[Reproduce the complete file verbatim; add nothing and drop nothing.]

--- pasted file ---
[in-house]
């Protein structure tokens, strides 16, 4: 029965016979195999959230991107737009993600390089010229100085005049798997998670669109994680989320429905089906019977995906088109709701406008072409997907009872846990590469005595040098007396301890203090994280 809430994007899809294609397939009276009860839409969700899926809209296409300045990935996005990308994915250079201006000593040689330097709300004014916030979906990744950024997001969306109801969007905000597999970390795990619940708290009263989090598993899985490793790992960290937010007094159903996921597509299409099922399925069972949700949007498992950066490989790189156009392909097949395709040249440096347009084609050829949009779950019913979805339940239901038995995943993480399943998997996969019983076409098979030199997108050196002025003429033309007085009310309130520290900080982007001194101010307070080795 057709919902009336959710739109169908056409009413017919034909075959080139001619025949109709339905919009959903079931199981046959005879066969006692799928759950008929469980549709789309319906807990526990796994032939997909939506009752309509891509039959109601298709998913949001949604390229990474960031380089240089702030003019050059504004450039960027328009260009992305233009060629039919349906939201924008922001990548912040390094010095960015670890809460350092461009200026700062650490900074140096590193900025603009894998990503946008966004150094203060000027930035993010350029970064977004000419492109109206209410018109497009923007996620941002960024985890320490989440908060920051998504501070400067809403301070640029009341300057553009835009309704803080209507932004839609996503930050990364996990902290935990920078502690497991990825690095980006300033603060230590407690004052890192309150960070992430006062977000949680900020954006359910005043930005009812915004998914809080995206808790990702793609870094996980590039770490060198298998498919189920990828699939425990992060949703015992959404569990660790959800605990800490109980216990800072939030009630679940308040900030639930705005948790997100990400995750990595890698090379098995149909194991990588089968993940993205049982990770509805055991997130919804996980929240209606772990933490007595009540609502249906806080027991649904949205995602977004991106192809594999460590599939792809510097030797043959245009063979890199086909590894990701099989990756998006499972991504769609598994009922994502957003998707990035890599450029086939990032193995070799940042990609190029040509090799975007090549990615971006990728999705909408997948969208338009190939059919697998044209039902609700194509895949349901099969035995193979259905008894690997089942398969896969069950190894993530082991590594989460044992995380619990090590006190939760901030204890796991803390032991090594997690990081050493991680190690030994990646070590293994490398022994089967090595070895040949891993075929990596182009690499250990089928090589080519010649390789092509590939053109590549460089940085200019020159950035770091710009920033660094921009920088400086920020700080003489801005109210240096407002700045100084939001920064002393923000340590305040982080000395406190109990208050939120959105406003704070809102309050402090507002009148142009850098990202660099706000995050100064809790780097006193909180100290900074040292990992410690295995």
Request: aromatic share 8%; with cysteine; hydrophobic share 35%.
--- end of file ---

[in-house]
């Protein structure tokens, strides 16, 4: 029965016979195999959230991107737009993600390089010229100085005049798997998670669109994680989320429905089906019977995906088109709701406008072409997907009872846990590469005595040098007396301890203090994280 809430994007899809294609397939009276009860839409969700899926809209296409300045990935996005990308994915250079201006000593040689330097709300004014916030979906990744950024997001969306109801969007905000597999970390795990619940708290009263989090598993899985490793790992960290937010007094159903996921597509299409099922399925069972949700949007498992950066490989790189156009392909097949395709040249440096347009084609050829949009779950019913979805339940239901038995995943993480399943998997996969019983076409098979030199997108050196002025003429033309007085009310309130520290900080982007001194101010307070080795 057709919902009336959710739109169908056409009413017919034909075959080139001619025949109709339905919009959903079931199981046959005879066969006692799928759950008929469980549709789309319906807990526990796994032939997909939506009752309509891509039959109601298709998913949001949604390229990474960031380089240089702030003019050059504004450039960027328009260009992305233009060629039919349906939201924008922001990548912040390094010095960015670890809460350092461009200026700062650490900074140096590193900025603009894998990503946008966004150094203060000027930035993010350029970064977004000419492109109206209410018109497009923007996620941002960024985890320490989440908060920051998504501070400067809403301070640029009341300057553009835009309704803080209507932004839609996503930050990364996990902290935990920078502690497991990825690095980006300033603060230590407690004052890192309150960070992430006062977000949680900020954006359910005043930005009812915004998914809080995206808790990702793609870094996980590039770490060198298998498919189920990828699939425990992060949703015992959404569990660790959800605990800490109980216990800072939030009630679940308040900030639930705005948790997100990400995750990595890698090379098995149909194991990588089968993940993205049982990770509805055991997130919804996980929240209606772990933490007595009540609502249906806080027991649904949205995602977004991106192809594999460590599939792809510097030797043959245009063979890199086909590894990701099989990756998006499972991504769609598994009922994502957003998707990035890599450029086939990032193995070799940042990609190029040509090799975007090549990615971006990728999705909408997948969208338009190939059919697998044209039902609700194509895949349901099969035995193979259905008894690997089942398969896969069950190894993530082991590594989460044992995380619990090590006190939760901030204890796991803390032991090594997690990081050493991680190690030994990646070590293994490398022994089967090595070895040949891993075929990596182009690499250990089928090589080519010649390789092509590939053109590549460089940085200019020159950035770091710009920033660094921009920088400086920020700080003489801005109210240096407002700045100084939001920064002393923000340590305040982080000395406190109990208050939120959105406003704070809102309050402090507002009148142009850098990202660099706000995050100064809790780097006193909180100290900074040292990992410690295995």
Request: aromatic share 8%; with cysteine; hydrophobic share 35%.